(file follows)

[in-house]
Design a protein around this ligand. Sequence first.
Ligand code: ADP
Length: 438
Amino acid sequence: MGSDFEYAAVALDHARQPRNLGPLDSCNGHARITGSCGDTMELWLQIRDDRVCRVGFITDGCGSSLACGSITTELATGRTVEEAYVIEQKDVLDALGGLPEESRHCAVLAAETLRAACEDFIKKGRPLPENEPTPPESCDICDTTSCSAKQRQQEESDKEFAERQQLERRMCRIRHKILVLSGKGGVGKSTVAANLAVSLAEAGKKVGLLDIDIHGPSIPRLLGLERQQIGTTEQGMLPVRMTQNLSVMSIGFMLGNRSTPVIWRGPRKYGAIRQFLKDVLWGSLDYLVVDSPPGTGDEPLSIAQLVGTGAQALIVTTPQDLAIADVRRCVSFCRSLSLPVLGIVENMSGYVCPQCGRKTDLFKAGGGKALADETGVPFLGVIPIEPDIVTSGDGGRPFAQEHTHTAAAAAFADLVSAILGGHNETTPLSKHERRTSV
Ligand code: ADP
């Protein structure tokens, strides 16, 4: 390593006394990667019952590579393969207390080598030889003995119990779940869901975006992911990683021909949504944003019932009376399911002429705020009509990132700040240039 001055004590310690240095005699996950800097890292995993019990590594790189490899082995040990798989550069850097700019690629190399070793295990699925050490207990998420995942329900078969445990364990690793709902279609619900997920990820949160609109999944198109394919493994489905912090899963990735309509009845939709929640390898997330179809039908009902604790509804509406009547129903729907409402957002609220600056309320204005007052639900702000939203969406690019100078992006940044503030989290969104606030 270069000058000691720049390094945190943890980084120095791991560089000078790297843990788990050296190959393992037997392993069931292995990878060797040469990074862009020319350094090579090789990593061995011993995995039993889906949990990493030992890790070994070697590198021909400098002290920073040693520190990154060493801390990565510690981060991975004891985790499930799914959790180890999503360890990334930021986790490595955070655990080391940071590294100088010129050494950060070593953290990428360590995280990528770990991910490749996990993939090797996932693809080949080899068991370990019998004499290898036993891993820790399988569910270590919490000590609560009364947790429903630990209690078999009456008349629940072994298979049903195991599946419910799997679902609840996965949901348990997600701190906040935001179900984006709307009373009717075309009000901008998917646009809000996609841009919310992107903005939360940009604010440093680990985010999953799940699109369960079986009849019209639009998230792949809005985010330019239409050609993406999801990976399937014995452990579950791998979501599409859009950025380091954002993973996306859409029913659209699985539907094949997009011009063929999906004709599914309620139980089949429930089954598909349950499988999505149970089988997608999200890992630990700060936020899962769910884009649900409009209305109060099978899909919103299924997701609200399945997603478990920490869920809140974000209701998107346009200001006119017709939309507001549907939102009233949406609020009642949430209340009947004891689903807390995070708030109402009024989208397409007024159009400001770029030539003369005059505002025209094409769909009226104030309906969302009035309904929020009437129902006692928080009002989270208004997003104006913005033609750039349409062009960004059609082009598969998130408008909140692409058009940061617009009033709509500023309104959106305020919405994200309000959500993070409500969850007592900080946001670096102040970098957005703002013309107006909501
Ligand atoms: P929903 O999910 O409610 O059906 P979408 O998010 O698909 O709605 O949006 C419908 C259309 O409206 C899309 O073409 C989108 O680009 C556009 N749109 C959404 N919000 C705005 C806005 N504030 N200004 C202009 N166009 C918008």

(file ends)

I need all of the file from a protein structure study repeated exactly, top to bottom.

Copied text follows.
[in-house]
Design a protein around this ligand. Sequence first.
Ligand code: ADP
Length: 438
Amino acid sequence: MGSDFEYAAVALDHARQPRNLGPLDSCNGHARITGSCGDTMELWLQIRDDRVCRVGFITDGCGSSLACGSITTELATGRTVEEAYVIEQKDVLDALGGLPEESRHCAVLAAETLRAACEDFIKKGRPLPENEPTPPESCDICDTTSCSAKQRQQEESDKEFAERQQLERRMCRIRHKILVLSGKGGVGKSTVAANLAVSLAEAGKKVGLLDIDIHGPSIPRLLGLERQQIGTTEQGMLPVRMTQNLSVMSIGFMLGNRSTPVIWRGPRKYGAIRQFLKDVLWGSLDYLVVDSPPGTGDEPLSIAQLVGTGAQALIVTTPQDLAIADVRRCVSFCRSLSLPVLGIVENMSGYVCPQCGRKTDLFKAGGGKALADETGVPFLGVIPIEPDIVTSGDGGRPFAQEHTHTAAAAAFADLVSAILGGHNETTPLSKHERRTSV
Ligand code: ADP
């Protein structure tokens, strides 16, 4: 390593006394990667019952590579393969207390080598030889003995119990779940869901975006992911990683021909949504944003019932009376399911002429705020009509990132700040240039 001055004590310690240095005699996950800097890292995993019990590594790189490899082995040990798989550069850097700019690629190399070793295990699925050490207990998420995942329900078969445990364990690793709902279609619900997920990820949160609109999944198109394919493994489905912090899963990735309509009845939709929640390898997330179809039908009902604790509804509406009547129903729907409402957002609220600056309320204005007052639900702000939203969406690019100078992006940044503030989290969104606030 270069000058000691720049390094945190943890980084120095791991560089000078790297843990788990050296190959393992037997392993069931292995990878060797040469990074862009020319350094090579090789990593061995011993995995039993889906949990990493030992890790070994070697590198021909400098002290920073040693520190990154060493801390990565510690981060991975004891985790499930799914959790180890999503360890990334930021986790490595955070655990080391940071590294100088010129050494950060070593953290990428360590995280990528770990991910490749996990993939090797996932693809080949080899068991370990019998004499290898036993891993820790399988569910270590919490000590609560009364947790429903630990209690078999009456008349629940072994298979049903195991599946419910799997679902609840996965949901348990997600701190906040935001179900984006709307009373009717075309009000901008998917646009809000996609841009919310992107903005939360940009604010440093680990985010999953799940699109369960079986009849019209639009998230792949809005985010330019239409050609993406999801990976399937014995452990579950791998979501599409859009950025380091954002993973996306859409029913659209699985539907094949997009011009063929999906004709599914309620139980089949429930089954598909349950499988999505149970089988997608999200890992630990700060936020899962769910884009649900409009209305109060099978899909919103299924997701609200399945997603478990920490869920809140974000209701998107346009200001006119017709939309507001549907939102009233949406609020009642949430209340009947004891689903807390995070708030109402009024989208397409007024159009400001770029030539003369005059505002025209094409769909009226104030309906969302009035309904929020009437129902006692928080009002989270208004997003104006913005033609750039349409062009960004059609082009598969998130408008909140692409058009940061617009009033709509500023309104959106305020919405994200309000959500993070409500969850007592900080946001670096102040970098957005703002013309107006909501
Ligand atoms: P929903 O999910 O409610 O059906 P979408 O998010 O698909 O709605 O949006 C419908 C259309 O409206 C899309 O073409 C989108 O680009 C556009 N749109 C959404 N919000 C705005 C806005 N504030 N200004 C202009 N166009 C918008």